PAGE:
The growing popularity of mobile banking and the Android platform for smartphones is combining to make this a fertile area for cyber criminals to target.

AVG’s latest Threat Report confirms this trend and believes it will only continue to grow as cyber criminals are increasingly targeting the Android mobile platform with sophisticated social engineering attacks to hack into unsuspecting users’ mobile bank accounts.

We predicted this rise in both our preceding quarterly threat reports in 2012 and just like for desktops where Windows is the predominant operating system, that fact that Android accounts for 68% market share in devices makes it a lucrative hunting ground for criminals.
This is combined with an increase in mobile banking and mobile payments. A  recent Federal Reserve report in March 2012 found that nearly 21% of mobile phone users in the survey used mobile banking in the past 12 months. And of those who do not currently use mobile banking, 11% report that they will “definitely’” or “probably’” use mobile banking in the next 12 months.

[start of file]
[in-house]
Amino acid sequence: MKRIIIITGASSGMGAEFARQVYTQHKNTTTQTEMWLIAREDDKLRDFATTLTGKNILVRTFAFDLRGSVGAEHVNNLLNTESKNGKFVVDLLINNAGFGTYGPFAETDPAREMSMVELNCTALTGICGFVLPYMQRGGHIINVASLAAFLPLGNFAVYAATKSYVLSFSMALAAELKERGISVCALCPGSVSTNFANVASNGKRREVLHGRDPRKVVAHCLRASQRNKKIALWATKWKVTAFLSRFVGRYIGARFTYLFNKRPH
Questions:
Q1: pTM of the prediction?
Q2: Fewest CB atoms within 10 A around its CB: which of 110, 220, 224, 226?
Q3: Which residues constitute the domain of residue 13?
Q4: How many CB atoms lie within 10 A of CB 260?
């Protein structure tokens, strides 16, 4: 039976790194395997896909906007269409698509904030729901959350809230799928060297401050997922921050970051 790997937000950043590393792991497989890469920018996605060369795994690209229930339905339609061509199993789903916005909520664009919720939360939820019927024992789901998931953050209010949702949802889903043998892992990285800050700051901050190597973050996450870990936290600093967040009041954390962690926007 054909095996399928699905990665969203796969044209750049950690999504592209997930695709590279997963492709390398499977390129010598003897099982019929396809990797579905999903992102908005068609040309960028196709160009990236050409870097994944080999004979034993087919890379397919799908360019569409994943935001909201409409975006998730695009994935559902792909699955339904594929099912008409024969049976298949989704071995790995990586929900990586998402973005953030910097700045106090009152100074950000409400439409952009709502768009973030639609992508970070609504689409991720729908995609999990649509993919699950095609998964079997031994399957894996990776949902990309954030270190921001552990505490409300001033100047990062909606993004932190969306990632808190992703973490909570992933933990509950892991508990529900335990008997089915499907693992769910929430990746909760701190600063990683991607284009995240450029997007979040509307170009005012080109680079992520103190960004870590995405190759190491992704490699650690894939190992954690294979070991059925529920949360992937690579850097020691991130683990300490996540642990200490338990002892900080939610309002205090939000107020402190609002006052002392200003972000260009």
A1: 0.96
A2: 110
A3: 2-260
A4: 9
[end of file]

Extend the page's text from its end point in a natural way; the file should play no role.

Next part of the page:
Both factors combine to offer an opportunity for cyber criminals, who try to exploit it using an attack method known as “man-in-the-mobile”.

Even the banks new two-step authentication process that requires users to input the traditional user/password combination with a transaction code sent to the account owner’s mobile device can be circumvented as the Trojan intercepts the text message verification codes.  When this double whammy coincides it is the cyber criminal that is laughing all the way to the bank!

In our Q3 Threat Report, downloadable from this blog post, we also explain other trends in more detail. One to watch out for in the next quarter is a rise in exploits using the already popular “Blackhole exploit kit” (currently has 63% share in the malware market).

This exploit kit has been commercialised by cyber criminals, who package into an online subscription- based service that gives anyone the tools required to be a cyber criminal.

The latest version, Blackhole Exploit Kit 2.0, entered the market in mid September 2012 and we expect this to precipitate new attacks. These will be more aggressive than previous attacks since new methods of evasion techniques were introduced in the new version.

AVG Community Powered Q3 Threat Report 2012